Mitigating Nigeria’s Human Freedom Deficit

In the recently published 2021 Human Freedom Index (HFI) authored by experts at the Cato Institute and Fraser Institute, Nigeria placed 123rd among 165 countries and territories ranked in the study. One relatable consequence of this poor placement is that an individual is more likely to experience police brutality and other state repressions in Nigeria than in Uganda, Niger, or Haiti, all ranked higher than Nigeria. But Nigeria is the architect of its embarrassment. The deplorable state of press freedom, the brutal killings precipitated by religious extremism and inter-ethnic violence, and the continued invasion of private farmlands by Fulani herders, are some of the problems eroding human freedom. Unfortunately, Nigeria could keep sliding more deeply into the category of ‘unsafe places’ through the next few years, should specific institutional changes remain elusive.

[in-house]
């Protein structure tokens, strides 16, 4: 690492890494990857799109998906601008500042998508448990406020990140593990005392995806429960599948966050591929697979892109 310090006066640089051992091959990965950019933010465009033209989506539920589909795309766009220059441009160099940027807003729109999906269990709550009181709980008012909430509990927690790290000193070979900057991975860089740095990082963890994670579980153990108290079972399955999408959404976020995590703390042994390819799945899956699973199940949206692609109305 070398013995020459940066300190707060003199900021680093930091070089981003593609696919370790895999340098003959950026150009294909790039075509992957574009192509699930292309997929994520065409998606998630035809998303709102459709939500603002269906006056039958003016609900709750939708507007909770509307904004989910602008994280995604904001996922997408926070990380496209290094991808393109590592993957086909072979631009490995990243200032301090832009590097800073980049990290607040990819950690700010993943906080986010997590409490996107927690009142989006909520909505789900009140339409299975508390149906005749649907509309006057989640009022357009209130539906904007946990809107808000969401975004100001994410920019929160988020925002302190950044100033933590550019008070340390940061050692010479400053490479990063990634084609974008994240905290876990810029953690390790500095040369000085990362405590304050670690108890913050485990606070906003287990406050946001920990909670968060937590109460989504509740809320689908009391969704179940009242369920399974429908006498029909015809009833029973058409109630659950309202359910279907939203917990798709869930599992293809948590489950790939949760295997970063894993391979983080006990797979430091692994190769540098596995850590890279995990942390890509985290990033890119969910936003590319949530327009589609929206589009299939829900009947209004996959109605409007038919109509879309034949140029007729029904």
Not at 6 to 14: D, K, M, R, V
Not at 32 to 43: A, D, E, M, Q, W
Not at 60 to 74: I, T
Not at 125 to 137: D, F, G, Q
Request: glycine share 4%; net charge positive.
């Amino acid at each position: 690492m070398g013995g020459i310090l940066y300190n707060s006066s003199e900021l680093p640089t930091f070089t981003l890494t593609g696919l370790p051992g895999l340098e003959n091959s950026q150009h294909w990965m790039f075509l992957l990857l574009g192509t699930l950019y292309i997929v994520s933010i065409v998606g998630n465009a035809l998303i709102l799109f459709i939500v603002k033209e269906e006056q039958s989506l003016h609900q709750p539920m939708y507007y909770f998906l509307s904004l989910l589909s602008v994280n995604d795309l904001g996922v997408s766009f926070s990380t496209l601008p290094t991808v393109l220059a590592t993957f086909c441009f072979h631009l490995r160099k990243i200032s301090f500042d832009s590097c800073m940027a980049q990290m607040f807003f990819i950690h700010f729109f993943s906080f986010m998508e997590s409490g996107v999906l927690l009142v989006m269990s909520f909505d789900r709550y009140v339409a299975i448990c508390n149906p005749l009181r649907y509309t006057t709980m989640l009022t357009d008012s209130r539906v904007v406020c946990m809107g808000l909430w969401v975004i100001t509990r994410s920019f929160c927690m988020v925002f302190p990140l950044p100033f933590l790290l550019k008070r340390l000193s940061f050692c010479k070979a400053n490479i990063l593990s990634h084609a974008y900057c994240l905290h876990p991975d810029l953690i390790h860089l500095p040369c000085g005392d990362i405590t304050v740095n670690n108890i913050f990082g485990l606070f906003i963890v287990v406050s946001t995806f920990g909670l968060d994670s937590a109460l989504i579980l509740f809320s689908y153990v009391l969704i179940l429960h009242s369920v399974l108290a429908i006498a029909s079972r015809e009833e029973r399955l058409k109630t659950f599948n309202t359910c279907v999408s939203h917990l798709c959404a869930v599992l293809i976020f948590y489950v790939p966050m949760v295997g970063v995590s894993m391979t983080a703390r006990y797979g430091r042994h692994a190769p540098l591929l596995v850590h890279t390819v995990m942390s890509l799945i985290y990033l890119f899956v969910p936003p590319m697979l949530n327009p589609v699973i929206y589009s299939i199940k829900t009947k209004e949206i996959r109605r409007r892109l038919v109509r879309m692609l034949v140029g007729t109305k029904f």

Indeed, the average Nigerian may not see why this report demands serious attention. After all, it doesn’t explain why the country’s economy is in such a bad state and offers no remedy in that regard. But I’d like to suggest to such readers that the HFI is as indicative of the country’s economic situation as any other economy-focused study. Apart from many of the security and legal problems identified in the report having direct links to the economic strengths or collapse of affected individuals and communities, it is also the case that the best-placed countries in the HFI are the most economically prosperous….

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